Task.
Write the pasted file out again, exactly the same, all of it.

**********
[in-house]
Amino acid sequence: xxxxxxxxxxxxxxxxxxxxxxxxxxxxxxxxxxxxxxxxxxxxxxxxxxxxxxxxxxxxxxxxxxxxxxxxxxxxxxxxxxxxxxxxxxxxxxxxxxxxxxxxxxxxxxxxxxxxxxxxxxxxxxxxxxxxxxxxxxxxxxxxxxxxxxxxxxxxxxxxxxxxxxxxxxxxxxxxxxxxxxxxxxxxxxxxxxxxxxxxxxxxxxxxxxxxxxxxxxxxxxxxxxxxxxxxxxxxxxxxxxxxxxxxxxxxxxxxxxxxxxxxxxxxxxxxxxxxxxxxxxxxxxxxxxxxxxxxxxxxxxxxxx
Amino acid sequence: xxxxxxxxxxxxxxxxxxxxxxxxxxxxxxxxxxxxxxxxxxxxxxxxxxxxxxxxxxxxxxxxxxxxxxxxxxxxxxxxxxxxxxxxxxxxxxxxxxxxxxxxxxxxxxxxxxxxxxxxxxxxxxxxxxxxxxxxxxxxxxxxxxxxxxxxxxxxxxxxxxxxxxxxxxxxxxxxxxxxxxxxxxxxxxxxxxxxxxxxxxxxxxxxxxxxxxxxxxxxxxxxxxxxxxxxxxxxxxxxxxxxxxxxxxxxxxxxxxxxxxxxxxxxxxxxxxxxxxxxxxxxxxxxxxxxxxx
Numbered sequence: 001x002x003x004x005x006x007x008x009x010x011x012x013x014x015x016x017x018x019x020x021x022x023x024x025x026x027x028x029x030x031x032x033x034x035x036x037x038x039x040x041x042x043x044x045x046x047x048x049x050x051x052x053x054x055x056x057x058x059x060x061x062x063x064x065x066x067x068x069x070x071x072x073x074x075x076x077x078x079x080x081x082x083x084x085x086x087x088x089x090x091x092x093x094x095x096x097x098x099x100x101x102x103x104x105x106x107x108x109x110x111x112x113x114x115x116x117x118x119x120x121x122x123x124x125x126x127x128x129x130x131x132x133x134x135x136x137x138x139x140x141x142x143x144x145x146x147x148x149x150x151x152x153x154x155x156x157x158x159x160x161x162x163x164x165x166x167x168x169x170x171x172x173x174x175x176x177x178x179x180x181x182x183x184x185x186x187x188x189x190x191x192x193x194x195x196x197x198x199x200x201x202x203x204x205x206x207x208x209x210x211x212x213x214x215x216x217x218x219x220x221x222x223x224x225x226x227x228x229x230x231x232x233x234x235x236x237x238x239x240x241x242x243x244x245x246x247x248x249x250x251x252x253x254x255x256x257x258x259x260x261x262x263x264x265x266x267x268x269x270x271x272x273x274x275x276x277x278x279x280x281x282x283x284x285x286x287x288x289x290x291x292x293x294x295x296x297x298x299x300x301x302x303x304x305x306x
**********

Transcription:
[in-house]
Amino acid sequence: xxxxxxxxxxxxxxxxxxxxxxxxxxxxxxxxxxxxxxxxxxxxxxxxxxxxxxxxxxxxxxxxxxxxxxxxxxxxxxxxxxxxxxxxxxxxxxxxxxxxxxxxxxxxxxxxxxxxxxxxxxxxxxxxxxxxxxxxxxxxxxxxxxxxxxxxxxxxxxxxxxxxxxxxxxxxxxxxxxxxxxxxxxxxxxxxxxxxxxxxxxxxxxxxxxxxxxxxxxxxxxxxxxxxxxxxxxxxxxxxxxxxxxxxxxxxxxxxxxxxxxxxxxxxxxxxxxxxxxxxxxxxxxxxxxxxxxxxxxxxxxxxxx
Amino acid sequence: xxxxxxxxxxxxxxxxxxxxxxxxxxxxxxxxxxxxxxxxxxxxxxxxxxxxxxxxxxxxxxxxxxxxxxxxxxxxxxxxxxxxxxxxxxxxxxxxxxxxxxxxxxxxxxxxxxxxxxxxxxxxxxxxxxxxxxxxxxxxxxxxxxxxxxxxxxxxxxxxxxxxxxxxxxxxxxxxxxxxxxxxxxxxxxxxxxxxxxxxxxxxxxxxxxxxxxxxxxxxxxxxxxxxxxxxxxxxxxxxxxxxxxxxxxxxxxxxxxxxxxxxxxxxxxxxxxxxxxxxxxxxxxxxxxxxxxx
Numbered sequence: 001x002x003x004x005x006x007x008x009x010x011x012x013x014x015x016x017x018x019x020x021x022x023x024x025x026x027x028x029x030x031x032x033x034x035x036x037x038x039x040x041x042x043x044x045x046x047x048x049x050x051x052x053x054x055x056x057x058x059x060x061x062x063x064x065x066x067x068x069x070x071x072x073x074x075x076x077x078x079x080x081x082x083x084x085x086x087x088x089x090x091x092x093x094x095x096x097x098x099x100x101x102x103x104x105x106x107x108x109x110x111x112x113x114x115x116x117x118x119x120x121x122x123x124x125x126x127x128x129x130x131x132x133x134x135x136x137x138x139x140x141x142x143x144x145x146x147x148x149x150x151x152x153x154x155x156x157x158x159x160x161x162x163x164x165x166x167x168x169x170x171x172x173x174x175x176x177x178x179x180x181x182x183x184x185x186x187x188x189x190x191x192x193x194x195x196x197x198x199x200x201x202x203x204x205x206x207x208x209x210x211x212x213x214x215x216x217x218x219x220x221x222x223x224x225x226x227x228x229x230x231x232x233x234x235x236x237x238x239x240x241x242x243x244x245x246x247x248x249x250x251x252x253x254x255x256x257x258x259x260x261x262x263x264x265x266x267x268x269x270x271x272x273x274x275x276x277x278x279x280x281x282x283x284x285x286x287x288x289x290x291x292x293x294x295x296x297x298x299x300x301x302x303x304x305x306x